Infrared technology upgrades also allow lighting in other areas to sense movement, and turn off lights after a set amount of time when no movement is detected. The hospital estimates up to 60% in energy savings through sensor technology alone. Approximately 150 light fixtures were outfitted with these controls, saving 48,000-kilowatt hours of electricity per year, and more than $8,000 in savings.
The NYHQ’s green retrofit program also targeted the central heating, ventilation, and air conditioning (HVAC) equipment, which is controlled through a centralized computer called the Building Maintenance System (BMS). The hospital saved 150,000 kilowatt hours of electricity and $25,000 in utility costs by shutting down air handling units through the BMS when they are not in use.
Finally, the NYHQ is launching a comprehensive recycling program, which now accounts for 15% of all waste being recycled. The hospital has also acquired a biodigester machine that uses microorganisms to decompose food, waste, and other organic material into sewer-safe water. The hospital is looking into the feasability of combined heat and power (CHP), which would generate power within the building through the use of heat. By using a clean source of power, consuming the power on site, and capturing the waste heat for use inside the hospital, CHP offers a powerful source for alternative energy and environmental sustainability.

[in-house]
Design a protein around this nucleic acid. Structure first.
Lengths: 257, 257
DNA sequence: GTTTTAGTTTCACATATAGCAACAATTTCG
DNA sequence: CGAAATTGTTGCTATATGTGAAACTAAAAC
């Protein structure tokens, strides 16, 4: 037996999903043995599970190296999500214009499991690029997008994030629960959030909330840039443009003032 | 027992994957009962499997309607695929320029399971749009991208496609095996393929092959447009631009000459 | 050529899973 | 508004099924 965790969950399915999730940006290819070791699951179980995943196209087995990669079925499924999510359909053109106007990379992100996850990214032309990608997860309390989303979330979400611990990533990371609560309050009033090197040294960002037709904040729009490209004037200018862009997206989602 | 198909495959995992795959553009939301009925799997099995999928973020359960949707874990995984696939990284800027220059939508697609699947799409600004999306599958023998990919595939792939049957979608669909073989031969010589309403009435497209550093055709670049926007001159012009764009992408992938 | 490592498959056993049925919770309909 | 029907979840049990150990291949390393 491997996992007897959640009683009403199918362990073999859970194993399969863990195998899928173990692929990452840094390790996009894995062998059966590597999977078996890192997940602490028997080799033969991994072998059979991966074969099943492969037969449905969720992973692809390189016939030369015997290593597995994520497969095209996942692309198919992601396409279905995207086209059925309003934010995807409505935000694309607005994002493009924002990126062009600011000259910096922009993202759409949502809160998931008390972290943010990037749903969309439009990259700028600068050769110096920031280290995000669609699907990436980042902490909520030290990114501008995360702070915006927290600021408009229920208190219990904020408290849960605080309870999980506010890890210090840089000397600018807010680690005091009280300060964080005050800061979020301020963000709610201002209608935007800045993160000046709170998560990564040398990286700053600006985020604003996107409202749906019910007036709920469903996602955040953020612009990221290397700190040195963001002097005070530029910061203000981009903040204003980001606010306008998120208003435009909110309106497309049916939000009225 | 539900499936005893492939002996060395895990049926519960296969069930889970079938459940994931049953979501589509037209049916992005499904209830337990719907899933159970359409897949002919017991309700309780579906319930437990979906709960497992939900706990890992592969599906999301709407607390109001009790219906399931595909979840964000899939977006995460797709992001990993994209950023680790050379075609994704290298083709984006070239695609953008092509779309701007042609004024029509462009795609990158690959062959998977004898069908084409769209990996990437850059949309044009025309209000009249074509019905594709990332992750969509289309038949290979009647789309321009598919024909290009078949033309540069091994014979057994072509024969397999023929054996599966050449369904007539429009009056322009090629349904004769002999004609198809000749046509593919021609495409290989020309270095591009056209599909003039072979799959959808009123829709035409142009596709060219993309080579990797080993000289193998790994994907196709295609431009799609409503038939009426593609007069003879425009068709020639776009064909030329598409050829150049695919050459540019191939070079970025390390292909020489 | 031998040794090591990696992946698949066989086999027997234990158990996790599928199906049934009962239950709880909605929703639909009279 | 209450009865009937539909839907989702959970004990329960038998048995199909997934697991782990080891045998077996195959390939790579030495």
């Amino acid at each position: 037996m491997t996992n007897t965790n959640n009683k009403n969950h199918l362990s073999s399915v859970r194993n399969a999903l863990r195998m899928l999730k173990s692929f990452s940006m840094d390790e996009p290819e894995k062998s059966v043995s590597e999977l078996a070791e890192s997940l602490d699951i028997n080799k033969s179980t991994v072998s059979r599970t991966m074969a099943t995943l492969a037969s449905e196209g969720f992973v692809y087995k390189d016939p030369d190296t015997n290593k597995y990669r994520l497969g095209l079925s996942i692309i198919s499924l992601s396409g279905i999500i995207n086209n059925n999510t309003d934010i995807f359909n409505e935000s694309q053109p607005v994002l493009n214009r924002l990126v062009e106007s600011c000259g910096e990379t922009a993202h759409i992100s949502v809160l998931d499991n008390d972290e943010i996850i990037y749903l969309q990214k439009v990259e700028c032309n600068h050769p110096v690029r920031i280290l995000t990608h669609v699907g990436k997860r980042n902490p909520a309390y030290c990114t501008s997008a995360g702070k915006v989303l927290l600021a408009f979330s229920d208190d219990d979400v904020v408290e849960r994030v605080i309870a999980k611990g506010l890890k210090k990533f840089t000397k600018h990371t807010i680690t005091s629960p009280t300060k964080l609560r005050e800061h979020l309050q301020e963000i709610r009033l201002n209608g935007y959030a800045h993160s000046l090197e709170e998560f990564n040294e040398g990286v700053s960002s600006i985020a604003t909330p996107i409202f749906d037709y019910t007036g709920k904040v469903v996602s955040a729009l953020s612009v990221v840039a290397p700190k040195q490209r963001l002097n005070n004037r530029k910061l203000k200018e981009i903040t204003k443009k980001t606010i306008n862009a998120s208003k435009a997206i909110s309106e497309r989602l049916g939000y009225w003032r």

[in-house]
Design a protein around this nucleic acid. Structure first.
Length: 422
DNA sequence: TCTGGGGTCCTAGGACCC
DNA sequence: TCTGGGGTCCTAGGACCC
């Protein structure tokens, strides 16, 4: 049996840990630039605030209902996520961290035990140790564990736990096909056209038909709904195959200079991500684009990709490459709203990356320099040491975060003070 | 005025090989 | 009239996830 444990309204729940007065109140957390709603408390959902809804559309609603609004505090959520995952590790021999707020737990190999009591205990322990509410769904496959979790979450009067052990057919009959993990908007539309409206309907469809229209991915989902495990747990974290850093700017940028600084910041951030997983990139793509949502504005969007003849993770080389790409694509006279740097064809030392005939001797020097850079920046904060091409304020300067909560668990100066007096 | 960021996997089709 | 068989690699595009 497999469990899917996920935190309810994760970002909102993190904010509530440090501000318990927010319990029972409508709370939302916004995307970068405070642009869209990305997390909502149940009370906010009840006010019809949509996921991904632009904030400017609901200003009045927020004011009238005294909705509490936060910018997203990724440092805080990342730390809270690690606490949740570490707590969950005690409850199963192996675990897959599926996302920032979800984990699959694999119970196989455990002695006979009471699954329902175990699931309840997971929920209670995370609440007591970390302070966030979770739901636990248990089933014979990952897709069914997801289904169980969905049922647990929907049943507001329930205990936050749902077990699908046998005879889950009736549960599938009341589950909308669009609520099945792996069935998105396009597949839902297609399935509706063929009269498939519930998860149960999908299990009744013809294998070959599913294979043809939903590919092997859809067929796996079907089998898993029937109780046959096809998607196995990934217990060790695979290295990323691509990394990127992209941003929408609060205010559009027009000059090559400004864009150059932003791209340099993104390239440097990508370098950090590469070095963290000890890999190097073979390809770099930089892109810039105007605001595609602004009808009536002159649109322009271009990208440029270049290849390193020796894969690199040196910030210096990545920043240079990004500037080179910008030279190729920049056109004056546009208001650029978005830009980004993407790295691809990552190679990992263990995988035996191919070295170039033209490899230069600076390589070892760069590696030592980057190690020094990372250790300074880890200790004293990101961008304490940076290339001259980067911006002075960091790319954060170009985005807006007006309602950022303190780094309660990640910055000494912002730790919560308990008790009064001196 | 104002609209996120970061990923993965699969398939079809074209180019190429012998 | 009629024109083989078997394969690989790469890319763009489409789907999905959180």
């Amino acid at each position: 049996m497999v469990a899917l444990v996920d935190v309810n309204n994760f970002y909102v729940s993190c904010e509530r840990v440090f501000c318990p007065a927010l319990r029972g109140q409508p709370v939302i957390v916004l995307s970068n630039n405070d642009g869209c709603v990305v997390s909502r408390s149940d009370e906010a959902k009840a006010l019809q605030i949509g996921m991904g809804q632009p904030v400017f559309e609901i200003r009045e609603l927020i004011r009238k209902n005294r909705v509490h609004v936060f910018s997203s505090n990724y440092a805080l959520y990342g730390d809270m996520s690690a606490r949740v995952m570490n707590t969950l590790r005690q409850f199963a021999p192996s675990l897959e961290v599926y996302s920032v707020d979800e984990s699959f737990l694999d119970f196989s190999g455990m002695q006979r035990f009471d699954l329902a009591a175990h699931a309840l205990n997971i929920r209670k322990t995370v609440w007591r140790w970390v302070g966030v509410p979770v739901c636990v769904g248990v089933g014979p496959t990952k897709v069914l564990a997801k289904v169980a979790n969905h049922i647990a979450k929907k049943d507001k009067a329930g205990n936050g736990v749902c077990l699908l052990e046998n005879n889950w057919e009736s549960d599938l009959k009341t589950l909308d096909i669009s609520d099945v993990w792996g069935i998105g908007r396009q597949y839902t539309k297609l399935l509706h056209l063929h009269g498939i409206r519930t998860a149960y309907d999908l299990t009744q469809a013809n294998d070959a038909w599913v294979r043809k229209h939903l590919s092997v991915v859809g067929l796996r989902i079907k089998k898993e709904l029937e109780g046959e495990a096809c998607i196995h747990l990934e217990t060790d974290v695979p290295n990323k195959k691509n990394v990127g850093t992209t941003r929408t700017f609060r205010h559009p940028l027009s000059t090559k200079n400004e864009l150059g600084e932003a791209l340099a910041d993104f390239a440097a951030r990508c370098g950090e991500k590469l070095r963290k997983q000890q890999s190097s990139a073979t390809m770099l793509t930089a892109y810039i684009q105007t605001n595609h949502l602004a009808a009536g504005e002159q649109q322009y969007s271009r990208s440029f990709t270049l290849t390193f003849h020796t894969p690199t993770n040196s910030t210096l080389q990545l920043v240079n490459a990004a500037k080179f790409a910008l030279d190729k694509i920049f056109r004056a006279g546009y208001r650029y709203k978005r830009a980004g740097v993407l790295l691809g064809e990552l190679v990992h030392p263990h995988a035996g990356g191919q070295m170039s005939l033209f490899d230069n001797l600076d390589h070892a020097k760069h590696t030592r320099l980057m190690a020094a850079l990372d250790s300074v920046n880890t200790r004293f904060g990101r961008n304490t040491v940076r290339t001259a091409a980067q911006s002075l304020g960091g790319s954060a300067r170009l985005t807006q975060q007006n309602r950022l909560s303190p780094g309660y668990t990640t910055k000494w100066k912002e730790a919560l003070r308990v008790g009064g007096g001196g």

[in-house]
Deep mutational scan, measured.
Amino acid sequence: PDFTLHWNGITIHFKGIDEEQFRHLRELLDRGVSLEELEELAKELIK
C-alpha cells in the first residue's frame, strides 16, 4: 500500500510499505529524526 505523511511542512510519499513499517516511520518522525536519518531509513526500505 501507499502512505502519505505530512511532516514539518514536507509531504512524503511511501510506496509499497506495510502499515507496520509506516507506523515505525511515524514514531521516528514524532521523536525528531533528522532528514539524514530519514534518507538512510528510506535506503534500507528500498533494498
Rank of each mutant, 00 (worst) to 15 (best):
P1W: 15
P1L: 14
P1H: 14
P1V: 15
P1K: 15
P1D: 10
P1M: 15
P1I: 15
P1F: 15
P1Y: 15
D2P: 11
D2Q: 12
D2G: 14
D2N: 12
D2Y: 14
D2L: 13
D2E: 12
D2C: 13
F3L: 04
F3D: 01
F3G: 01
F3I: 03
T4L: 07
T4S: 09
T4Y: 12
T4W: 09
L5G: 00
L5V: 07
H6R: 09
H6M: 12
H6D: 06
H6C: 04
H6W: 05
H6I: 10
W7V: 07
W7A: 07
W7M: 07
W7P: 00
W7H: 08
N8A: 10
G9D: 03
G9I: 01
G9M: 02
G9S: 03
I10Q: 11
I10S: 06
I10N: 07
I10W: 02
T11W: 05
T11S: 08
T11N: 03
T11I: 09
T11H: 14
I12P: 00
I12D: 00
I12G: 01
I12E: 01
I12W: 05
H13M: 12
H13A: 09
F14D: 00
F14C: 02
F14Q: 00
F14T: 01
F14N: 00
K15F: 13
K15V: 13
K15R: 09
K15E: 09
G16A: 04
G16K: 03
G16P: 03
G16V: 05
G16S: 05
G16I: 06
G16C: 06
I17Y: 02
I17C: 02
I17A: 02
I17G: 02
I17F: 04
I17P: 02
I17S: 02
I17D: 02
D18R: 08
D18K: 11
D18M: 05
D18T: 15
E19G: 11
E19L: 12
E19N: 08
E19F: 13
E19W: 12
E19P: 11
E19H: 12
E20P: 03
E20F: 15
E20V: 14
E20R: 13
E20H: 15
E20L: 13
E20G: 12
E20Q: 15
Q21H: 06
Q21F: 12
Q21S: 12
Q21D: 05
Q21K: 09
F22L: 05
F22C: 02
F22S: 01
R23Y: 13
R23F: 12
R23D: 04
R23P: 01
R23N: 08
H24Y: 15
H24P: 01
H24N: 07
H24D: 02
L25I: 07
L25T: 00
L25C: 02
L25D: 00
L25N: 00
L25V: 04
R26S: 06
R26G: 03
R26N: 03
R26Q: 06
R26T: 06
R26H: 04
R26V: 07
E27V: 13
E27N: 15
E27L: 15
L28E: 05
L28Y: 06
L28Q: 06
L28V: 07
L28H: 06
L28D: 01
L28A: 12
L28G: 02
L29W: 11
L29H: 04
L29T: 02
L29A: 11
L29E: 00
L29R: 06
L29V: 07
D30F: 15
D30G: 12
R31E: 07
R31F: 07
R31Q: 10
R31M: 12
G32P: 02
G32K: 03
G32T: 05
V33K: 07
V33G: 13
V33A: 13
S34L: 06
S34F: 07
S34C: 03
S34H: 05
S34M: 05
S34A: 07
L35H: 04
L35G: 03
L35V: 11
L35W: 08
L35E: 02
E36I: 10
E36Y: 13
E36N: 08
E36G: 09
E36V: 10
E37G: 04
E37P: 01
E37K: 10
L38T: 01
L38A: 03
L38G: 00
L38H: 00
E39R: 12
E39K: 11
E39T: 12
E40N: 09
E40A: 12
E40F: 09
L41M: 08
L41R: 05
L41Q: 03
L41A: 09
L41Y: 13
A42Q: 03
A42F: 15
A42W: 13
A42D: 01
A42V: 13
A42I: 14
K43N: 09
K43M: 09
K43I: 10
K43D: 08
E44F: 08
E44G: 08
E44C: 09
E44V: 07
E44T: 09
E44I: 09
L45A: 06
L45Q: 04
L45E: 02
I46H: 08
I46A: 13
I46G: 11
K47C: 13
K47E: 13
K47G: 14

“Only three-and-a-half years into the challenge, many institutions are on track to achieve their 30% reduction well in advance of the ten-year timeline,” reported the April 2011 PlaNYC report. “Several universities and hospitals have already surpassed the goal and are eager to commit to a more ambitious target.” No doubt NYHQ will be looking for a bigger target, as the hospital has already reduced emissions by 28 percent.